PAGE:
I see things in winter I don’t see any other time of the year, and I don’t mean snow and ice. The leaves are off the trees, the brush and undergrowth of the forest is under snow, and you can simply see further.
Driving along a road that in summer is shady with tall densely leaved oaks has its own sense of wonder, but right now, I can see for miles and miles.
One focuses differently in the winter. There is far-sightedness, an openness that comes with seeing through the trees to the ocean horizon, and to that island, that in summer is hidden from view.
It is a bigger picture. Being on the water in a boat is similar. Both create a sense of having no boundaries.
This winter view is clear and unobstructed. The crow above me has a piece of frozen bread or cookie in its beak. He is tapping it against the branch he sits on–I don’t know why, perhaps to break it. I can see the sun on his feathers, and how he twists his head to tap the bread on different sides.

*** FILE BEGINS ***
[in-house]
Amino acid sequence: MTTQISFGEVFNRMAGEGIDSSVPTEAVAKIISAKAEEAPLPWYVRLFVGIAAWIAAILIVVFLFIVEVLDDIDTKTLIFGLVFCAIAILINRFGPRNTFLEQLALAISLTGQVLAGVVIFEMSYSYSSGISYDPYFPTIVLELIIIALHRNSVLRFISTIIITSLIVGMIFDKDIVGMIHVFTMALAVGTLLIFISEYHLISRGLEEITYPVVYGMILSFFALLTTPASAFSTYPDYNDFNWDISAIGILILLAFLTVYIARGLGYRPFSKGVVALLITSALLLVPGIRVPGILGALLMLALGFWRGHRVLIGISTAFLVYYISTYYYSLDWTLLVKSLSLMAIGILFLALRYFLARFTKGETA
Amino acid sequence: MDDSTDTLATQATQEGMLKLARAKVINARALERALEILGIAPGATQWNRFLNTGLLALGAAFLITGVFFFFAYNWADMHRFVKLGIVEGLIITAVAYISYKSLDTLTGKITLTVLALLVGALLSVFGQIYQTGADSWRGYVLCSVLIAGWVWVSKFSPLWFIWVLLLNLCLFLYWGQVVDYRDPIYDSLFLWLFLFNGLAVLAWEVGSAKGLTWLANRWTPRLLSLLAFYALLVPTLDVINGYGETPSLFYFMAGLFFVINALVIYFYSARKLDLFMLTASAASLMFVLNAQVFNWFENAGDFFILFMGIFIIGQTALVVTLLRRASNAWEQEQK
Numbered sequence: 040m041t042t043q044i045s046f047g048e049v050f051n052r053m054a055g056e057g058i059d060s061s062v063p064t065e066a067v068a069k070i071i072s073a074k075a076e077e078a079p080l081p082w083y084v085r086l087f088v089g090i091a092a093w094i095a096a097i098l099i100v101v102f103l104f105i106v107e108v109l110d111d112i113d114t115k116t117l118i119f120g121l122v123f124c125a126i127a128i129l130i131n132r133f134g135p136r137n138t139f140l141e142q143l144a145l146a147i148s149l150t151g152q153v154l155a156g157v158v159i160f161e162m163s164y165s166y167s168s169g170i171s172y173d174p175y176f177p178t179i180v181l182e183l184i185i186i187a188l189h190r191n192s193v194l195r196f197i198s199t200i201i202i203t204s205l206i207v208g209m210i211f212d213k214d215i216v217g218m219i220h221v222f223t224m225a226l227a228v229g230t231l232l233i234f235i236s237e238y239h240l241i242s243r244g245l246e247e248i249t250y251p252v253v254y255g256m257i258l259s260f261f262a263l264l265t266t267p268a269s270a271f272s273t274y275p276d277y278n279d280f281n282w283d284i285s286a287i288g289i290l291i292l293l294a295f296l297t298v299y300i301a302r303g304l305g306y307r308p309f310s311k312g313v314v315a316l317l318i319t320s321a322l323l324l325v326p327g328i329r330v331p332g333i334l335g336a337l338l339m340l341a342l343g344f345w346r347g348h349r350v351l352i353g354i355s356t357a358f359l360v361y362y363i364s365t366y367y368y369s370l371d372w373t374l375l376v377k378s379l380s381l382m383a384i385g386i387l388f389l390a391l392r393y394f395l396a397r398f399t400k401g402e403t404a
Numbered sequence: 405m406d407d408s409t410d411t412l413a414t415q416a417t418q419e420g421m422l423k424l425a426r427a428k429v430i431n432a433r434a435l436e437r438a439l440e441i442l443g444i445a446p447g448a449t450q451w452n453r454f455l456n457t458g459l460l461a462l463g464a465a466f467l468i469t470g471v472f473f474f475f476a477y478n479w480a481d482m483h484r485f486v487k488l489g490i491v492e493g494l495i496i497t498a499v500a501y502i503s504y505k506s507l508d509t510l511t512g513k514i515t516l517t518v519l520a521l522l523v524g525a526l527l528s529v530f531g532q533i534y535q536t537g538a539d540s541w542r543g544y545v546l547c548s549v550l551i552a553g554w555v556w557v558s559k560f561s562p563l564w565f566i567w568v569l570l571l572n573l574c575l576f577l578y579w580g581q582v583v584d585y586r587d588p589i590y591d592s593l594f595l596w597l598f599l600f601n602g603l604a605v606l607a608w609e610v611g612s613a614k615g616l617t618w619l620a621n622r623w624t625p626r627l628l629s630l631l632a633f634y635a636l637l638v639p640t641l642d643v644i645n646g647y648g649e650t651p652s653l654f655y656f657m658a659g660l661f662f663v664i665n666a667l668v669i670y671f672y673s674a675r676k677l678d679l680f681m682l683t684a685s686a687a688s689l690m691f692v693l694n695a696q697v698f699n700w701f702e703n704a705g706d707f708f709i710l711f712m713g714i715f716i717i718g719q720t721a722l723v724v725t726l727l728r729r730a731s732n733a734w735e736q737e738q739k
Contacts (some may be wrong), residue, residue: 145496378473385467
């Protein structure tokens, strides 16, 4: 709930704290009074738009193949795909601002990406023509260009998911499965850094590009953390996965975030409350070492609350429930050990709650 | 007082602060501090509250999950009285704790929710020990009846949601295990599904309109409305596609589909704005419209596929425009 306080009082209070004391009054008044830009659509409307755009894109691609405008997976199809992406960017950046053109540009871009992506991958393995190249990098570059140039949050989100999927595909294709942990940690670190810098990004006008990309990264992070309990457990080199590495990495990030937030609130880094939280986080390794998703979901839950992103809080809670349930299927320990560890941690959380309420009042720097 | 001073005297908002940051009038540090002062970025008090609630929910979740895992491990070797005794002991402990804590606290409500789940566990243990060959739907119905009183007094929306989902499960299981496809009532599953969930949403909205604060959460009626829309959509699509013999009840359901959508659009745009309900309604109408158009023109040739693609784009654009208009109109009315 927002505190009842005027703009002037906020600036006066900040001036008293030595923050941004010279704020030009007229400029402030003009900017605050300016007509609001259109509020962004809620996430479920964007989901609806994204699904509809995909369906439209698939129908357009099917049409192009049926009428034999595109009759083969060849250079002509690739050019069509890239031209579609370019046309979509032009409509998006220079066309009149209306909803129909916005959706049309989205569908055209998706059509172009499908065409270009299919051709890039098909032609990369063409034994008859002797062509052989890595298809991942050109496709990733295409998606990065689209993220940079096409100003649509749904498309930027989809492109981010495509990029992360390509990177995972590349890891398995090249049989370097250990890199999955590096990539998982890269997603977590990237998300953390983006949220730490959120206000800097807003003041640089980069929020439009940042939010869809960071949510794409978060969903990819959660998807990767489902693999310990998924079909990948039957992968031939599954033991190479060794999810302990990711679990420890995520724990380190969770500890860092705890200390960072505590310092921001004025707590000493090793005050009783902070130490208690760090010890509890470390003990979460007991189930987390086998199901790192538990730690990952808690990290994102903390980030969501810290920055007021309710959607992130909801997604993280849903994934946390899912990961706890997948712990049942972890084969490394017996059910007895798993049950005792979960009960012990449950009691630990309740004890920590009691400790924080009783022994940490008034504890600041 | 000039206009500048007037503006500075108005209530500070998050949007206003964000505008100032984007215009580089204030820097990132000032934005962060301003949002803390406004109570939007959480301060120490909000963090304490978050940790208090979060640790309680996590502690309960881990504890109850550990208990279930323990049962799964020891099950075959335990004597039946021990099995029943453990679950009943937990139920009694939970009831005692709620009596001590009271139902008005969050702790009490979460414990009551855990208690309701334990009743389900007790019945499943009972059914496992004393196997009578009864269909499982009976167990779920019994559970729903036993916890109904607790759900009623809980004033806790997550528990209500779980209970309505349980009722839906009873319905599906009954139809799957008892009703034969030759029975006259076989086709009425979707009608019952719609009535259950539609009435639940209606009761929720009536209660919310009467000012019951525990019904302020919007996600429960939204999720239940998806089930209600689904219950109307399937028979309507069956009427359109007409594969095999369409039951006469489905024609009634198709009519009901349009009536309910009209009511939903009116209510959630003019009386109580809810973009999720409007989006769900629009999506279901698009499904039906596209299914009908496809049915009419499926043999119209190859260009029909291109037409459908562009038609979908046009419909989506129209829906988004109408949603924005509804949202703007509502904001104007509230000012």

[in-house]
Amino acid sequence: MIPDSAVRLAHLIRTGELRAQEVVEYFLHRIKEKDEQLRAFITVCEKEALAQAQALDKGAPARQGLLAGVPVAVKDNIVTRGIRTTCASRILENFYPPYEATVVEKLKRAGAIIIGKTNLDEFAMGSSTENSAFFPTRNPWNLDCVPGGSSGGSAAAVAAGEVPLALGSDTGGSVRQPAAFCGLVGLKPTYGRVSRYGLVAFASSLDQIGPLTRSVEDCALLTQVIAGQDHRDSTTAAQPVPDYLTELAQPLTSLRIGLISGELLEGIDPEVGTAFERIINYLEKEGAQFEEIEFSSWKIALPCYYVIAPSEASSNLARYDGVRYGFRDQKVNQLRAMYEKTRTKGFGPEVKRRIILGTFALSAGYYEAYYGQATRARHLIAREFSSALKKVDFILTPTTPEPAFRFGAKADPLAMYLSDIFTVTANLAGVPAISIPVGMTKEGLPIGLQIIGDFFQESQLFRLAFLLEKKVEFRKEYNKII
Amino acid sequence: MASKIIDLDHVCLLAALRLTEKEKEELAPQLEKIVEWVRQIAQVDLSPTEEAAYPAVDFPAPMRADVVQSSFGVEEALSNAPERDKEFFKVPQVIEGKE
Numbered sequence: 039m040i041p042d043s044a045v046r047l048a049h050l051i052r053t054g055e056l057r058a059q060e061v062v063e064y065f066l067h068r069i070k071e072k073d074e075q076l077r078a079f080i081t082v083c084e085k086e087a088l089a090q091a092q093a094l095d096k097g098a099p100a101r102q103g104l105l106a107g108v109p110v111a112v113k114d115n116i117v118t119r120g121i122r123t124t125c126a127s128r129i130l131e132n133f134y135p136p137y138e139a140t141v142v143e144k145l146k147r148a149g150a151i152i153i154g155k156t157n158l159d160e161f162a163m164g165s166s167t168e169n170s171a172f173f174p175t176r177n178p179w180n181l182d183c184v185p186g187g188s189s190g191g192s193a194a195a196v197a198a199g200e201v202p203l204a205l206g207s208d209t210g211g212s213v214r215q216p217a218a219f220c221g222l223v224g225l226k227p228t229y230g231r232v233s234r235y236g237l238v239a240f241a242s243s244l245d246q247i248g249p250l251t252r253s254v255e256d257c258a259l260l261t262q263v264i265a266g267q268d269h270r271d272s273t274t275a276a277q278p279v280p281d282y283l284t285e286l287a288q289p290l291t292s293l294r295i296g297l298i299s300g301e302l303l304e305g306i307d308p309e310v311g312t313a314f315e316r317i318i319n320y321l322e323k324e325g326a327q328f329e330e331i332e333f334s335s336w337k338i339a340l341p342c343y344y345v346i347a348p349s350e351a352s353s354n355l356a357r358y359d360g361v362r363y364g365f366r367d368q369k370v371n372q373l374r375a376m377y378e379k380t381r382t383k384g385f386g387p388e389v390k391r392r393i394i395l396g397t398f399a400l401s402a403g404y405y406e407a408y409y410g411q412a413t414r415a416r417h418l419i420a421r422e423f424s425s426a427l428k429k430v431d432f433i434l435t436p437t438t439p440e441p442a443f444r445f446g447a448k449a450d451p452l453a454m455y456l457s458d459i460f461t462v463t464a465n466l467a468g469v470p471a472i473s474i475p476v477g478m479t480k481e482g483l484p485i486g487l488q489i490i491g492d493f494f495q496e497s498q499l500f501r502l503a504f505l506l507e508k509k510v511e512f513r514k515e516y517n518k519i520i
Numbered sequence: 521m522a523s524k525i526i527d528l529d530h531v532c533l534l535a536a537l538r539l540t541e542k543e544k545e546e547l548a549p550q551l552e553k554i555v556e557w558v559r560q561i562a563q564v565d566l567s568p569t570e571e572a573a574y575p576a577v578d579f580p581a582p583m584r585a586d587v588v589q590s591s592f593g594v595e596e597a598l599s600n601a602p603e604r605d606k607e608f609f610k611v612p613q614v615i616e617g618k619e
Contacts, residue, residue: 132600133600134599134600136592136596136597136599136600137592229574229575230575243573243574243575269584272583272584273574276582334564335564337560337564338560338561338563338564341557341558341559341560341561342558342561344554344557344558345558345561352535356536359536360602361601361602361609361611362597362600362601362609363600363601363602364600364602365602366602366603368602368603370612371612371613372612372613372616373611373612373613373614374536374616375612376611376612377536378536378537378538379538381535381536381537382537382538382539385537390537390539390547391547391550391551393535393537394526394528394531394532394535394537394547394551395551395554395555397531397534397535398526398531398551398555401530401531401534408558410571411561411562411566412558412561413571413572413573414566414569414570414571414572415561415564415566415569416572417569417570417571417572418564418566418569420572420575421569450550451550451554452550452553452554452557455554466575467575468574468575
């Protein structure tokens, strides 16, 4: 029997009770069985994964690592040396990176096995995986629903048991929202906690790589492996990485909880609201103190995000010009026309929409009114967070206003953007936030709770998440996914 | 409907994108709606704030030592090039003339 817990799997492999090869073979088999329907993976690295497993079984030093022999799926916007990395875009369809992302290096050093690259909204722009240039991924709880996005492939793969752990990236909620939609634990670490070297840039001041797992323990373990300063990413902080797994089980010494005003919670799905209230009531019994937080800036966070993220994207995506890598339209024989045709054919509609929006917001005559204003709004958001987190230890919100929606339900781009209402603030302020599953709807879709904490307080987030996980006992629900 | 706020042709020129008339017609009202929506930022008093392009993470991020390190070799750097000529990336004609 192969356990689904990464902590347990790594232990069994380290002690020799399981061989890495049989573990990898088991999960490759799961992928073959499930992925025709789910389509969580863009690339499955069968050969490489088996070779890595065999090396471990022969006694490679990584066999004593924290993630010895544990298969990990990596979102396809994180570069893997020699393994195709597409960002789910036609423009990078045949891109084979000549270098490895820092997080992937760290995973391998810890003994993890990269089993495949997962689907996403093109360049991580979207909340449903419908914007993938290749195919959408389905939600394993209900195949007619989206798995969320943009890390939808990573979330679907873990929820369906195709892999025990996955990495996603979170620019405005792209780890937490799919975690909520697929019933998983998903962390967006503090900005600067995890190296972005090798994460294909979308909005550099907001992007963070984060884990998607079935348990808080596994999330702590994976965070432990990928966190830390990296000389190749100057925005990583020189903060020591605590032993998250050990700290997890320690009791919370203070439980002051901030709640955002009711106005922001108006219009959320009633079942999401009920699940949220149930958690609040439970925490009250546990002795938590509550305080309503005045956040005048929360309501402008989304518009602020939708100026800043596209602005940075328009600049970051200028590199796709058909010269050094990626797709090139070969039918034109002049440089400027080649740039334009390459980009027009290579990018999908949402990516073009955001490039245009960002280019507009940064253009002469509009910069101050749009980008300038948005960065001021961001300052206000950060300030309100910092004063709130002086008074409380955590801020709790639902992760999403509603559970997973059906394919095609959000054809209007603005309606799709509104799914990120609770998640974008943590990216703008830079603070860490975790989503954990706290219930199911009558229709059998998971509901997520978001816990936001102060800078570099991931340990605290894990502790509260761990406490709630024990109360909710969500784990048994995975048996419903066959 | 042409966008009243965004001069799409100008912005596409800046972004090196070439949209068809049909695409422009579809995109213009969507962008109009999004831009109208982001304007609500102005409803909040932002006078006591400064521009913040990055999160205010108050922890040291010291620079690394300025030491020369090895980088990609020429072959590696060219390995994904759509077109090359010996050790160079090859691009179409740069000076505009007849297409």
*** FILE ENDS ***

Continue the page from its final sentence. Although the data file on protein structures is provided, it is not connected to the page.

I can see deer browsing fifty yards deep in the woods, and the granite edge of a trail going up the face of Dorr Mountain.
Birds’ nests that were wisely built into a cover of leaves stand out black and sharp in the crotch of a branch.
We went nest spotting this weekend, finding five or six. Some had begun to fall apart, but they would not be used again anyway.
A few years ago I had taken one of these marvels of engineering to a naturalist to be identified. He refused to hand it back, telling me it is illegal to keep birds’ nests. This nest would soon have been a pile of twigs and grass that would be legal to take. But I had not been aware of the law, and have added it to my list of laws I do not understand, such as you cannot take an outdoor shower in the town of Mount Desert.
It is winter, though, and I do not want to shower outside. I want to see far and wide.
This is my winterview, and my reminder that life, while I am living it, is limitless.